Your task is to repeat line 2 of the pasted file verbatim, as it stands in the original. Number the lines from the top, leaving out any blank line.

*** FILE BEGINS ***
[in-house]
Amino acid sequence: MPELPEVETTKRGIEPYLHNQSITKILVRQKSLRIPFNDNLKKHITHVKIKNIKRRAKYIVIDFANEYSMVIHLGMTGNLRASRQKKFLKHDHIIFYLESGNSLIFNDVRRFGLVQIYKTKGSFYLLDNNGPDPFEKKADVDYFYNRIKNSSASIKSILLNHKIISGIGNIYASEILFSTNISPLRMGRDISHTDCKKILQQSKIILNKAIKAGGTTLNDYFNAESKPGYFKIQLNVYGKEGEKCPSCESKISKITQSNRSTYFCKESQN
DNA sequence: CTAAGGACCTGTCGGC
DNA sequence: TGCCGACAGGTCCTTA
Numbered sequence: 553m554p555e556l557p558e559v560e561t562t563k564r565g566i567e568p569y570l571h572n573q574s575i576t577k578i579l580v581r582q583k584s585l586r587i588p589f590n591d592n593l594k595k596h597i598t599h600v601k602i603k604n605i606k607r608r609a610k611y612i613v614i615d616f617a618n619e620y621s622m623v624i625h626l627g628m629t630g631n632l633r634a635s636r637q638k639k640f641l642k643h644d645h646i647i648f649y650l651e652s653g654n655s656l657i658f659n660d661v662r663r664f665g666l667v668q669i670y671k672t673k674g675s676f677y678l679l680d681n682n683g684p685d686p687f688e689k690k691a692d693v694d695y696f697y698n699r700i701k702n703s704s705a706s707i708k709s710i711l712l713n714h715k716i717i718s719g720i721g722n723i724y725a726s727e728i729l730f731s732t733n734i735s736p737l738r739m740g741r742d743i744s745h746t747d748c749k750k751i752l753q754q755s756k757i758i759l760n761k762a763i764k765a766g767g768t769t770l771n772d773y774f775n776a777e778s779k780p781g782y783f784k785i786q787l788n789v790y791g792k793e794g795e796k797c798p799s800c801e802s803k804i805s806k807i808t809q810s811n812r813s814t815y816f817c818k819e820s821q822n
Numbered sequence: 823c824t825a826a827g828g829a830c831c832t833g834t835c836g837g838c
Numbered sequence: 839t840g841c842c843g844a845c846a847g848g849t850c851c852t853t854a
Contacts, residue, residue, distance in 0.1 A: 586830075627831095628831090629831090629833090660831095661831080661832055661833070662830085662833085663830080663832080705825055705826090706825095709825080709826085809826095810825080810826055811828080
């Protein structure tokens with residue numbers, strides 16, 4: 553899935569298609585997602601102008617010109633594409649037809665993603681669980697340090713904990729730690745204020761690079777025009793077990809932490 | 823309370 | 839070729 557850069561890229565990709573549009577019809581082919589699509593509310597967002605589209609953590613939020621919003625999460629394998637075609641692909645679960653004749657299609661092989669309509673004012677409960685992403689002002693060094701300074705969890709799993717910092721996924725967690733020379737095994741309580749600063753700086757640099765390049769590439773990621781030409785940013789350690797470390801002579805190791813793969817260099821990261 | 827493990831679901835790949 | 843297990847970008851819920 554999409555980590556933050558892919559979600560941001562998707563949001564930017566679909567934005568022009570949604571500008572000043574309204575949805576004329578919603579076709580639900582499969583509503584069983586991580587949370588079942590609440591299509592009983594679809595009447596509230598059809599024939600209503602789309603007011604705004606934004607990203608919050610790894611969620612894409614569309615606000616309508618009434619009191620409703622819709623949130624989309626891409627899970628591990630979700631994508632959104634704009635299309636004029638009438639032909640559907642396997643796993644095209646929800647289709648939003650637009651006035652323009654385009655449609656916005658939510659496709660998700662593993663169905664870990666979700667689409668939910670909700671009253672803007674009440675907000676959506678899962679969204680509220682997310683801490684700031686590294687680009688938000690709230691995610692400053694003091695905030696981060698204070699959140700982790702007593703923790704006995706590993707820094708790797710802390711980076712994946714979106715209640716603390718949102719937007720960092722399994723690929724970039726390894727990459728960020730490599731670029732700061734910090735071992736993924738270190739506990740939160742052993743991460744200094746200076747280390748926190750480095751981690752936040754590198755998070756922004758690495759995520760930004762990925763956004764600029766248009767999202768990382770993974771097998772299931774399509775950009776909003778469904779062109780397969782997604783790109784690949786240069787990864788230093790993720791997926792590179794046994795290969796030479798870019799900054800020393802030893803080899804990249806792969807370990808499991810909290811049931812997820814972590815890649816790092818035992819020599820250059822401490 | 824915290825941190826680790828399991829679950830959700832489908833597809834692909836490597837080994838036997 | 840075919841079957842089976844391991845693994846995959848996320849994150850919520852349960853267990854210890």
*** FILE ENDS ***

Amino acid sequence: MPELPEVETTKRGIEPYLHNQSITKILVRQKSLRIPFNDNLKKHITHVKIKNIKRRAKYIVIDFANEYSMVIHLGMTGNLRASRQKKFLKHDHIIFYLESGNSLIFNDVRRFGLVQIYKTKGSFYLLDNNGPDPFEKKADVDYFYNRIKNSSASIKSILLNHKIISGIGNIYASEILFSTNISPLRMGRDISHTDCKKILQQSKIILNKAIKAGGTTLNDYFNAESKPGYFKIQLNVYGKEGEKCPSCESKISKITQSNRSTYFCKESQN